Britain intercepts Russian bombers every week
British RAF planes intercept Russian Tu-95 Bear bombers once a week, reports populist British newspaper The Sun.
The enterprising paper filed a Freedom of Information Act request with the British Ministry of Defence which revealed that, during the seven months to January 2008, RAF interceptors were sent up to meet Russian bombers 28 times. For comparison, during the previous 6 months, RAF interceptors were scrambled just twice.
The Sun is, of course, righteously indignant at the cost to the good old British taxpayer. According to them, it costs approximately £30,000 ($60,000) per hour to keep an RAF fighter in the air. They’ve calculated that, over the past seven months, the RAF has spent more than £3.5 million ($7 million) to meet the Russian threat.
Buried mid-way through the article is the news that none of the Russian bombers have entered British airspace and, in truth, almost all of the contacts have been over the Artic or the North Sea. You would never know this from the article’s title though – “Hey you, get off of our cloud”.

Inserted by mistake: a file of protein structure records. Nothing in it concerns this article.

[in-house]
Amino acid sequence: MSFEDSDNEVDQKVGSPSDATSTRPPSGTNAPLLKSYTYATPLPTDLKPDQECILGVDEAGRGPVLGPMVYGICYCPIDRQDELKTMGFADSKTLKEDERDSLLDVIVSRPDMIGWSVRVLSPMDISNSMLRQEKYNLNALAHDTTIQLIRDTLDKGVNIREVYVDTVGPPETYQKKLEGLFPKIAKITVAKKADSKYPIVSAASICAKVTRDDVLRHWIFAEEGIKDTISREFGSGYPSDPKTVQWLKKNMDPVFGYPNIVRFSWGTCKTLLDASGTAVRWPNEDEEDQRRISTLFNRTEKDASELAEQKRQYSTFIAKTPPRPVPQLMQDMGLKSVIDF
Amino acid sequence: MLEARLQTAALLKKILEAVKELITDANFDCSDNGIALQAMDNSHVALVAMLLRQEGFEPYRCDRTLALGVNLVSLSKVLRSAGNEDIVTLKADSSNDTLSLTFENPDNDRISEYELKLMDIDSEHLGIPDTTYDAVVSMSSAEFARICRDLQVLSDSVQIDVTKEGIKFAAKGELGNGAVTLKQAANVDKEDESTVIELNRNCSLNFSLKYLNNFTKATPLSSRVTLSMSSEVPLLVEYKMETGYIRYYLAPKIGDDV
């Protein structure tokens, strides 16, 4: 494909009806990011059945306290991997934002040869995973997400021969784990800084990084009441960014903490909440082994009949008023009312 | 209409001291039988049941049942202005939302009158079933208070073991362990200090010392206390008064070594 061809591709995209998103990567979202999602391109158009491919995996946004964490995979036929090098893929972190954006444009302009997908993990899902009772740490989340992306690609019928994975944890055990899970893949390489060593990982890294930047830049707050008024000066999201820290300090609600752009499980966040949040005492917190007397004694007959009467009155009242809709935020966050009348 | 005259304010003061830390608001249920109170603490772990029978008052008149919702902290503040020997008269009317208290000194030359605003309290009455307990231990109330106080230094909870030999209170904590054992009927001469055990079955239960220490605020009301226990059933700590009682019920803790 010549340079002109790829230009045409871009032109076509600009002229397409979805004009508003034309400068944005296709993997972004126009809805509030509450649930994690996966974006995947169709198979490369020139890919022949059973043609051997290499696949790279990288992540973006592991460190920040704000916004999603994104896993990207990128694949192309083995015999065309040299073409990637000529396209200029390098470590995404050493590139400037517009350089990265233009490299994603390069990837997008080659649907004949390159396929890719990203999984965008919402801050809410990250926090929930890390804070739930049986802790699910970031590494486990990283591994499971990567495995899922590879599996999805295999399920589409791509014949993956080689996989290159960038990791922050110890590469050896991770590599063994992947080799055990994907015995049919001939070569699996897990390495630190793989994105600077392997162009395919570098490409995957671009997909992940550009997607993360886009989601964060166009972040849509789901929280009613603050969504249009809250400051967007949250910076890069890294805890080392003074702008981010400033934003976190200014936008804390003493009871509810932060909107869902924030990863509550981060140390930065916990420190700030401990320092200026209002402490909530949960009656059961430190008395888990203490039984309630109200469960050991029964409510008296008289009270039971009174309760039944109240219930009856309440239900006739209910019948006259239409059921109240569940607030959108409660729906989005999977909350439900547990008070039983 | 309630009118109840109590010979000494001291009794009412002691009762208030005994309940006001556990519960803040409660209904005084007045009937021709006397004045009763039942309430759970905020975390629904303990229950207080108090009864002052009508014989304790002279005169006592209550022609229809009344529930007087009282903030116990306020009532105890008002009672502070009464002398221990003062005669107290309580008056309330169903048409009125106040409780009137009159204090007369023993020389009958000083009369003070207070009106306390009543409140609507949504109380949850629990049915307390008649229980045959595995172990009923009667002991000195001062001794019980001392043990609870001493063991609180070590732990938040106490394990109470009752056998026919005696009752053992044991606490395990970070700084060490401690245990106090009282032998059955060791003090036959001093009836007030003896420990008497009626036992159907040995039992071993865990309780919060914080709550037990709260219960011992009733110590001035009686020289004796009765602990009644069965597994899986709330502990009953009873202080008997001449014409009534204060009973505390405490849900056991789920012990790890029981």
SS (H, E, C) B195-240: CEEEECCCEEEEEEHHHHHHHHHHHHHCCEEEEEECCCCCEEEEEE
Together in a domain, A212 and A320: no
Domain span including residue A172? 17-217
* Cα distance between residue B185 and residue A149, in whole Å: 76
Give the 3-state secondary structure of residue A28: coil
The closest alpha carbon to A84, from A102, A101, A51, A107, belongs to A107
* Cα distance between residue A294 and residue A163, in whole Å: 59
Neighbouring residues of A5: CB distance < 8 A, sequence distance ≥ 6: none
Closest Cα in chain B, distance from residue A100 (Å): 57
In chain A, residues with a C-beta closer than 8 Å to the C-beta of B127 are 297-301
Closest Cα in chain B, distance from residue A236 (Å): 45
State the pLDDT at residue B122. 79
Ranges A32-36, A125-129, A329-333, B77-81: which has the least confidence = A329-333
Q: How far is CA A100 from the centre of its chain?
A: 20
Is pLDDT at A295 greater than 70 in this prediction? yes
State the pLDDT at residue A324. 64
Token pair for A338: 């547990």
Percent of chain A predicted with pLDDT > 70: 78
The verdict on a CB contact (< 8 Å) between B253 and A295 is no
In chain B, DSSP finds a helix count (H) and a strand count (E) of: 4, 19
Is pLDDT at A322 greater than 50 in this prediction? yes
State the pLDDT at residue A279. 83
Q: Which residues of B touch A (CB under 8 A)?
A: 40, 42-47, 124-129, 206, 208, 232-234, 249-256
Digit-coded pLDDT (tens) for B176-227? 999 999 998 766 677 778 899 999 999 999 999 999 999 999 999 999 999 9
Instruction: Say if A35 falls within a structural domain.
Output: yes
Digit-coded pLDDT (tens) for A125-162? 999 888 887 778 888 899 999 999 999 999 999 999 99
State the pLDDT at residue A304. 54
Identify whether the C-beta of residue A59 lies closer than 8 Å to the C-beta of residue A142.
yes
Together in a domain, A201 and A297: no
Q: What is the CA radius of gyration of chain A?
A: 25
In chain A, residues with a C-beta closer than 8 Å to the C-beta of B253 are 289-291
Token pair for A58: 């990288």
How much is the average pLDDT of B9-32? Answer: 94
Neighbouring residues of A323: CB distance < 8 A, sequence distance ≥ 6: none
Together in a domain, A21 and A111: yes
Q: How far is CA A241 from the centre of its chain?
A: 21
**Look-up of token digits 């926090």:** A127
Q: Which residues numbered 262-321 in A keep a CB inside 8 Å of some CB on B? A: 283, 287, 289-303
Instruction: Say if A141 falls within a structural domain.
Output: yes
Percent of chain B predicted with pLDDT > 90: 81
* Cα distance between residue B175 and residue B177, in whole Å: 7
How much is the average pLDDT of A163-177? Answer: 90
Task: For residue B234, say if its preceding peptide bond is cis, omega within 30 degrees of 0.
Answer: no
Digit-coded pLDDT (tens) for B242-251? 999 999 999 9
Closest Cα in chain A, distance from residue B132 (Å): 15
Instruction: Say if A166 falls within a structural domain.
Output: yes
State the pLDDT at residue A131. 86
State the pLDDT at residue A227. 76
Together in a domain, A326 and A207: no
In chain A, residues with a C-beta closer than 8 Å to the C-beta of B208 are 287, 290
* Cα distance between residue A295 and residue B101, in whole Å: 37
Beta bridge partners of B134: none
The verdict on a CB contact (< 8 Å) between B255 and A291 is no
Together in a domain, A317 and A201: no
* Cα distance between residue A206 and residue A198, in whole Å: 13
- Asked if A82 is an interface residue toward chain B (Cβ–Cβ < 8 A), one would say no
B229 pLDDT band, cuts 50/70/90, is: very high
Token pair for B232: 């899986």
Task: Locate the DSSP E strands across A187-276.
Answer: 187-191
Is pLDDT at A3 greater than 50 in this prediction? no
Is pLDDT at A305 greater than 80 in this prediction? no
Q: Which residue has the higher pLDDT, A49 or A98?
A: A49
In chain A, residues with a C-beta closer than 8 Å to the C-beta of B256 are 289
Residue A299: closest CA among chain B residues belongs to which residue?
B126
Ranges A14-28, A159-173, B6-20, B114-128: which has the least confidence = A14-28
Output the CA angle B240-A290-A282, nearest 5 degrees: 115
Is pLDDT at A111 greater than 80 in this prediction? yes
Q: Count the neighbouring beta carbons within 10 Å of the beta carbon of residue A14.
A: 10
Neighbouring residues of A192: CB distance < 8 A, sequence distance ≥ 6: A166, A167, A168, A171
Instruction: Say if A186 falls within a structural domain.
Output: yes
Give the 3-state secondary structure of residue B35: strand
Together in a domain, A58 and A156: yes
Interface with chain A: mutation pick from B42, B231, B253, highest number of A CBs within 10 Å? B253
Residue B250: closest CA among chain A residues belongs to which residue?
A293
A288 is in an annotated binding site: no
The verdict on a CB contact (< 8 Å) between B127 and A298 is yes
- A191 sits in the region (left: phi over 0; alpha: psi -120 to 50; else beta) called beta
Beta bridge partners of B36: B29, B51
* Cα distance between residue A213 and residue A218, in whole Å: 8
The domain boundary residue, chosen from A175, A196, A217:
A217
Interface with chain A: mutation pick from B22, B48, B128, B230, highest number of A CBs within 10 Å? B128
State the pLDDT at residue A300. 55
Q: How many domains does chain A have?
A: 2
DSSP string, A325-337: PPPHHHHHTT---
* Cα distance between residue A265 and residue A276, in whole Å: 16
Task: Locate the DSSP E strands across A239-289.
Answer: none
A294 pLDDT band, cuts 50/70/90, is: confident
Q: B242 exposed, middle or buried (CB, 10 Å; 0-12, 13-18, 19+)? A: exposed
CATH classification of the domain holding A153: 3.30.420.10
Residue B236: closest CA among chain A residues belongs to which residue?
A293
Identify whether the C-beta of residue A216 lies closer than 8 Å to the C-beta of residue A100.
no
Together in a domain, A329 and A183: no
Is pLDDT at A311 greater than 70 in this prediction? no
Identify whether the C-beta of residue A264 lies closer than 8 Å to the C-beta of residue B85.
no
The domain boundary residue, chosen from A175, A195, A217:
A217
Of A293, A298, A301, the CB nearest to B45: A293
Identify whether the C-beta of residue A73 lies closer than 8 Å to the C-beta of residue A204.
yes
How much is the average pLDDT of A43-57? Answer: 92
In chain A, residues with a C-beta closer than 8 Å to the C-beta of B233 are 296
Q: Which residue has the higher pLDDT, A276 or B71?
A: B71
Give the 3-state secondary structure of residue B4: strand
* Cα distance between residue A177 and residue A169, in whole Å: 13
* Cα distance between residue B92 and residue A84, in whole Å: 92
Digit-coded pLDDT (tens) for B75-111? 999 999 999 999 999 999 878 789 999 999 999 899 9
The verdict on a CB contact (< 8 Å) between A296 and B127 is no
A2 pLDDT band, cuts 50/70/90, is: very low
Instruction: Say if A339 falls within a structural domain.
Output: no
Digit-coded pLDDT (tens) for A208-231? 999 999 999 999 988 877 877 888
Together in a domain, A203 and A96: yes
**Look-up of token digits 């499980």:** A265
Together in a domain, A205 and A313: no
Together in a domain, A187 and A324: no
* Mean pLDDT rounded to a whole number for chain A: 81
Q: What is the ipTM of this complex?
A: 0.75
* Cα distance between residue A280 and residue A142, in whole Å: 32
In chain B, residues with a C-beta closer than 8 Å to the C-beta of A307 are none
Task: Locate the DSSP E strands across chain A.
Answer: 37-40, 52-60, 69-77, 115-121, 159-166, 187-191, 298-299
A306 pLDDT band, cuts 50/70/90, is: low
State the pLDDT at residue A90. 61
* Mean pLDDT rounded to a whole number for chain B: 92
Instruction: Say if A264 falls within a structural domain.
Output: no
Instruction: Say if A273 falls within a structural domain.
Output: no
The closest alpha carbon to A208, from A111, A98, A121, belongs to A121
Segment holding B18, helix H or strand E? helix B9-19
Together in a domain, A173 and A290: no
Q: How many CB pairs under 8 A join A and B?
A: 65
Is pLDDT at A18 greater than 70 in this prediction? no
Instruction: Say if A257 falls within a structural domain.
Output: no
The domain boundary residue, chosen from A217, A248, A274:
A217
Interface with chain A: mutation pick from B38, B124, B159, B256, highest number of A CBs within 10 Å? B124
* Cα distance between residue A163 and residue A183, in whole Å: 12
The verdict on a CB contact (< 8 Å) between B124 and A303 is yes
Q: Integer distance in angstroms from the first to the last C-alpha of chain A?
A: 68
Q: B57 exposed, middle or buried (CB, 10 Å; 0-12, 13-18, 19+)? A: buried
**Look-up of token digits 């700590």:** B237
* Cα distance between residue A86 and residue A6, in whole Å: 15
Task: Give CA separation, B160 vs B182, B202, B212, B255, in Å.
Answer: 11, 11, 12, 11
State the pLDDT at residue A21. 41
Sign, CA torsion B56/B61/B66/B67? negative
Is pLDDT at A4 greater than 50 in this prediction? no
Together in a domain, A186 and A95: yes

Or from the over-worked ‘senior RAF source who reports exactly what Russian command want to hear:
We have to take these bombers seriously, just in case. It runs us ragged.
I’m sure the RAF are quite right to intercept Russian bombers flying near British airspace – they are after all, flying very close – but it’s indicative of the poor press Russia is getting at the moment that hysterical over-reaction is now becoming the norm.
If you want to see the impact reporting like this is having on many in the British public, take a look at the comments to The Sun article.
Oh, and two more quick thoughts before I go. I wonder how much it’s costing the Russian air force to send these bombers out? Probably not as much as the British RAF. And, finally… I wonder if the Russian Air Force would tell me how much it costs if I were to ask???